Suzani Textile

Suzani is a form of traditional embroidery which is native to Central Asia. Iran, Tajikistan, and Uzbekistan are all famous for their suzani, and suzanis are in high demand all over the world, thanks to an increasing interest in this traditional textile. Like many tribal crafts, suzani is often copied, with copies tending to be of a lesser quality than the real thing, and this is something for consumers to watch out for.




One of the key defining characteristics of traditional suzani is the way in which is done. It starts with panels of handwoven cotton/silk blend fabric which are basted together while a pattern is drawn on the panels, and then pulled apart. Each panel is worked separately, and then the piece is sewn back together, with connecting stitches if necessary to cover up small gaps in the embroidery. A traditional suzani, therefore, includes several panels of material, rather than being made from a solid sheet of material.

A variety of different stitches are used, with many pieces including an array of chain and couch stitching for visual and textural variations. Traditionally, the thread for the embroidery is made from silk, and dyed with native materials in vivid reds, blacks, and golds. Synthetic dyes may be used as well, with synthetics becoming more and more popular because they are colorfast and very bold, in contrast with more muted natural dyes.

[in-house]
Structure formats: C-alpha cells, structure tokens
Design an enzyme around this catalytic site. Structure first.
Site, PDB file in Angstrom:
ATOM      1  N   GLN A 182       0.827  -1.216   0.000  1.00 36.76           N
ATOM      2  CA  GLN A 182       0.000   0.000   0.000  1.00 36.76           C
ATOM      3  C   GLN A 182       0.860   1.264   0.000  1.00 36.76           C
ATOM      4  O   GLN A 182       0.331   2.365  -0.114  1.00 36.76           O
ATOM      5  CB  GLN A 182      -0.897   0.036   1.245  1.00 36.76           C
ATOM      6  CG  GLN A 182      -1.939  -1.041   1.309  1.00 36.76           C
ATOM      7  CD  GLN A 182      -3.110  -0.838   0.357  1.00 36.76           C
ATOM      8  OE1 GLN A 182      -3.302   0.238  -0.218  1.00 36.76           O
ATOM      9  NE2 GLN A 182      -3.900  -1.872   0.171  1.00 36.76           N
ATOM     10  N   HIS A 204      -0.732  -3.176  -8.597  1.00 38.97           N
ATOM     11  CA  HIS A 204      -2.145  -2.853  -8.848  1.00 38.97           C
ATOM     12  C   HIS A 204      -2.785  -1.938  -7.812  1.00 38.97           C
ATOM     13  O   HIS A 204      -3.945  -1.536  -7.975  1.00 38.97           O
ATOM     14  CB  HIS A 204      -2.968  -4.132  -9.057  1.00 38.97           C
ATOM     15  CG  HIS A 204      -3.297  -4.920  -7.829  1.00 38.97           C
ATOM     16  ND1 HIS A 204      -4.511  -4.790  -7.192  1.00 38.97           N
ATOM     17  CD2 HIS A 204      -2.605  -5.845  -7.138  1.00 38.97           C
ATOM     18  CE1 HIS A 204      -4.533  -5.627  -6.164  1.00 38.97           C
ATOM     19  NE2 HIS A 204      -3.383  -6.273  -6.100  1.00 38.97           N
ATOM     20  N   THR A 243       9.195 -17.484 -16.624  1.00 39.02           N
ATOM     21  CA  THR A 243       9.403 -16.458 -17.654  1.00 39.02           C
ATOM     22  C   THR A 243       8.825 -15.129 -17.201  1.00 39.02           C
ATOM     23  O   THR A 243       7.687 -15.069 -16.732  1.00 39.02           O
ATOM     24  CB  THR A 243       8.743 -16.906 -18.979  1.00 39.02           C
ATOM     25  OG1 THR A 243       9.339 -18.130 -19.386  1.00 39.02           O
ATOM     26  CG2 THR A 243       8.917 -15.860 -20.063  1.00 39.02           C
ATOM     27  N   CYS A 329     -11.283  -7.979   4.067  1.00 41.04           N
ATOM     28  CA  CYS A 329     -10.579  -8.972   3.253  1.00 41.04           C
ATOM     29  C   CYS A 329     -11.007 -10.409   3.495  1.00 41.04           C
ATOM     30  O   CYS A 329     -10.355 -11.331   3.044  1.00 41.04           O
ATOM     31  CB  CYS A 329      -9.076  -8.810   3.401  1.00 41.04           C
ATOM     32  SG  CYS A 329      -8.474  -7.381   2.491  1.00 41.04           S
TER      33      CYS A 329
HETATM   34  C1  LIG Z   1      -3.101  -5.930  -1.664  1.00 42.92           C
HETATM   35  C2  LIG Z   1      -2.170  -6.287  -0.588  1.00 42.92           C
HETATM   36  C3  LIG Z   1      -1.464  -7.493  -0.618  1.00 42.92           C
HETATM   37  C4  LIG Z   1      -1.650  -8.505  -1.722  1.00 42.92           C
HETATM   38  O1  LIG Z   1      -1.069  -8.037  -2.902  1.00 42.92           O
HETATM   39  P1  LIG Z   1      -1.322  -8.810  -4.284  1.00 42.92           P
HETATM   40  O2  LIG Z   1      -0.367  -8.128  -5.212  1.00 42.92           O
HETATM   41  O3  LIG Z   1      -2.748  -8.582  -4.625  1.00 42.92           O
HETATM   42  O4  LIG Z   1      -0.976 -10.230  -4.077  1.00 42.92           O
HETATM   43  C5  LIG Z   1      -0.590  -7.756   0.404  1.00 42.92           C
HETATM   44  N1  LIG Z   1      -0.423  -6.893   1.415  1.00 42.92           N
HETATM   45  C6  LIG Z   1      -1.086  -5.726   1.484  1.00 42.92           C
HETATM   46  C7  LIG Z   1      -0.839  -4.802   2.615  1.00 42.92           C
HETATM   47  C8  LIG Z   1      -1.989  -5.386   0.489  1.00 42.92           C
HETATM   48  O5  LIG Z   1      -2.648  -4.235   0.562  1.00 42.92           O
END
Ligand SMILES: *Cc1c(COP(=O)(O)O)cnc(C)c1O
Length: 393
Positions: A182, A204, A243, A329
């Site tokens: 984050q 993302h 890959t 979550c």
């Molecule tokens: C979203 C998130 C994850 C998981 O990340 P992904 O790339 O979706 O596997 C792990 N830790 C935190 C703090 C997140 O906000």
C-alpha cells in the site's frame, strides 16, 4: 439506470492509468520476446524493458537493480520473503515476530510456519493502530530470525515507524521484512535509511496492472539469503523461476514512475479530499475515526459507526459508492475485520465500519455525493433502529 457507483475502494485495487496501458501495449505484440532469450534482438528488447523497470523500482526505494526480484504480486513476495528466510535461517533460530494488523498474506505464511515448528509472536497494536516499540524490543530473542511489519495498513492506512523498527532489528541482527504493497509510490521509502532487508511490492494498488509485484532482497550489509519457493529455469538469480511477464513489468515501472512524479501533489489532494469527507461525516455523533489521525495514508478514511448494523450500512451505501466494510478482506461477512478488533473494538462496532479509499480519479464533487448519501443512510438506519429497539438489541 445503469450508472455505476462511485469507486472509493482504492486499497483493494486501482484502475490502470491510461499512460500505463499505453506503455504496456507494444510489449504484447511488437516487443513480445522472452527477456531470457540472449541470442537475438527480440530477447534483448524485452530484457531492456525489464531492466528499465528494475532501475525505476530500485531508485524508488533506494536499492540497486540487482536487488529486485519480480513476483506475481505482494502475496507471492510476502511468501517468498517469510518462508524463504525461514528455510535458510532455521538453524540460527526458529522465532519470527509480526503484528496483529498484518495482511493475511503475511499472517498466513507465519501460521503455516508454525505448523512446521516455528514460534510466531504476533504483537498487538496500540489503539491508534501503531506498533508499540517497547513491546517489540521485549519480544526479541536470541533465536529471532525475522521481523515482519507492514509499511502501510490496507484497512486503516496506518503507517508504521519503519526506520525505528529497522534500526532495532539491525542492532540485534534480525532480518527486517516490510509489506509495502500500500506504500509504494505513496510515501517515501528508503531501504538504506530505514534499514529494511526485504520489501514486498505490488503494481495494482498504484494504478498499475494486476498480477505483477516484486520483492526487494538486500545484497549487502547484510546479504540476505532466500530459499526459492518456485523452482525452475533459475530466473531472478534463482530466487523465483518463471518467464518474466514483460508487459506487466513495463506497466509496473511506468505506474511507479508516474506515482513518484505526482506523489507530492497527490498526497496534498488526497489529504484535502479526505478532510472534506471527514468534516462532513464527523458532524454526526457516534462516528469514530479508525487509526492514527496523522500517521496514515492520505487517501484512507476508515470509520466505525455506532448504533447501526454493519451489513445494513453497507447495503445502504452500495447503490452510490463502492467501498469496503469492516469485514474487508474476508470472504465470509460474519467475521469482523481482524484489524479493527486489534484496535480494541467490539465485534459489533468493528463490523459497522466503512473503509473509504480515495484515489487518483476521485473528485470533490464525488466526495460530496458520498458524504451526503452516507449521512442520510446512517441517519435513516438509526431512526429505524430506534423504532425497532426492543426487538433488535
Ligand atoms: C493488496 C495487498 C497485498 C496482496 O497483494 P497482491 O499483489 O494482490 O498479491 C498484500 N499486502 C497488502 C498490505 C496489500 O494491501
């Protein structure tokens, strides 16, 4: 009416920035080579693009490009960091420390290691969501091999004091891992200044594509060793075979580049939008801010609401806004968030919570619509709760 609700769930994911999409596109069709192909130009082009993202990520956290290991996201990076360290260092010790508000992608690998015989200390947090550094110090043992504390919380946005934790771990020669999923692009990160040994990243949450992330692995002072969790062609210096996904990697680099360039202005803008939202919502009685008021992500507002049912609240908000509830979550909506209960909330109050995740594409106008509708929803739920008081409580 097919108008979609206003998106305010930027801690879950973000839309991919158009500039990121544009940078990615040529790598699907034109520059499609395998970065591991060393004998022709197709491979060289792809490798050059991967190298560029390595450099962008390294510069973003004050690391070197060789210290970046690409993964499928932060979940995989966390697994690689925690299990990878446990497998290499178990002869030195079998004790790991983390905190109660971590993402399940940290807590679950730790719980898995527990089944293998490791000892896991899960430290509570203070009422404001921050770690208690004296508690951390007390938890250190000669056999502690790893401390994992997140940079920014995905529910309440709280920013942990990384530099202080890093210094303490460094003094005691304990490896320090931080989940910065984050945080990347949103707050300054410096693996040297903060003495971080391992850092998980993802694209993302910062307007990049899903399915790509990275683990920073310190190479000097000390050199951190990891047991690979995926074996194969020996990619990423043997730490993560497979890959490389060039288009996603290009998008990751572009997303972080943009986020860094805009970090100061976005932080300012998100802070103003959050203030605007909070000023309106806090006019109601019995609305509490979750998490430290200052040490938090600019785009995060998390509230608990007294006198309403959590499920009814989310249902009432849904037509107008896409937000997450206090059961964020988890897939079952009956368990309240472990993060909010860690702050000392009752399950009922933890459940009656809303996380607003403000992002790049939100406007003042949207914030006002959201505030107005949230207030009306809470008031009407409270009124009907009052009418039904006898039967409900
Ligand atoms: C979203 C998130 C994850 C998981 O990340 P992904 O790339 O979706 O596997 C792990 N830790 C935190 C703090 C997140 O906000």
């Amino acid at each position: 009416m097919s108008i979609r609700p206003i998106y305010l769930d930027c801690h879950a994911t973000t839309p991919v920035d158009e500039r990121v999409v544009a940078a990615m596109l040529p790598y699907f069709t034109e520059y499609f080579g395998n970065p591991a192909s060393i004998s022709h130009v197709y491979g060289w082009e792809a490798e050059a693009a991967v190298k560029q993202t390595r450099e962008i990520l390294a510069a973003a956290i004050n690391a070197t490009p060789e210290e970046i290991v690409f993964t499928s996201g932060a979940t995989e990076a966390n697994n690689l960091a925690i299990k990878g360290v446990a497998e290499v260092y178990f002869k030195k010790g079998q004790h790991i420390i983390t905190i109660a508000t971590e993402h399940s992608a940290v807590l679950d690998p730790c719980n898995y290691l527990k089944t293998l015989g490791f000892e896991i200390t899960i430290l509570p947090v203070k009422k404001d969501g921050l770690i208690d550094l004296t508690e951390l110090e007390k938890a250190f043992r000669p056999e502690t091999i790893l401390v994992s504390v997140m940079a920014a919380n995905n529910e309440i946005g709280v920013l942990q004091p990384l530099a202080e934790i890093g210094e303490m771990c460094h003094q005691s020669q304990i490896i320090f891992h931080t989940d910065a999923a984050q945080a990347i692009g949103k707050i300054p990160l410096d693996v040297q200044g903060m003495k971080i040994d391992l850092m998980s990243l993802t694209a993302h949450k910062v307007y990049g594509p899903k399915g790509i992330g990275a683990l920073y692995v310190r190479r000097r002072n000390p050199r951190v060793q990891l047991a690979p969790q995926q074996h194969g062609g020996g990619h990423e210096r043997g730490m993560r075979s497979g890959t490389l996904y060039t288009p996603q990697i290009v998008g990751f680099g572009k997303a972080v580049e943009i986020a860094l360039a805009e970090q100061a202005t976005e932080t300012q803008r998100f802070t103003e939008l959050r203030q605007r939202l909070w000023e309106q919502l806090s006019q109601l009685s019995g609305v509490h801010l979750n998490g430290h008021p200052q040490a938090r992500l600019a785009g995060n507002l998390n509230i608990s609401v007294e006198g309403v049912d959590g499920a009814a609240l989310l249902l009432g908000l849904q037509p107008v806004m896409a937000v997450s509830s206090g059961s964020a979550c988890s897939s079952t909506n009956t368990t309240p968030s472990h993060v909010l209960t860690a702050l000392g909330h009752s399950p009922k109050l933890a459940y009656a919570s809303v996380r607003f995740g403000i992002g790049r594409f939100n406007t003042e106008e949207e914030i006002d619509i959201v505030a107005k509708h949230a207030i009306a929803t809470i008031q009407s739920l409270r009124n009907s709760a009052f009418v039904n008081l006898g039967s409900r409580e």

Another suzani sample

Another suzani sample

Suzanis can be used as hangings, tablecloths, prayer mats, and bedspreads, among many other things. They are designed to provide decoration while also adding a layer of insulation. Because many of the crafters are Muslim, suzanis rarely have depictions of people or animals, instead featuring ornate floral and geometric themes. This craft is practiced almost exclusively by women, and for some women, it can be a source of economic independence, which makes embroidery a valued skill in Central Asia.

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A Timeline of History

In order to understand something in the present, it takes to look at its past first. So now, in order to understand the evolution of the whole of Central Asia. The background of Central Asia, as a whole, is something to be explored on.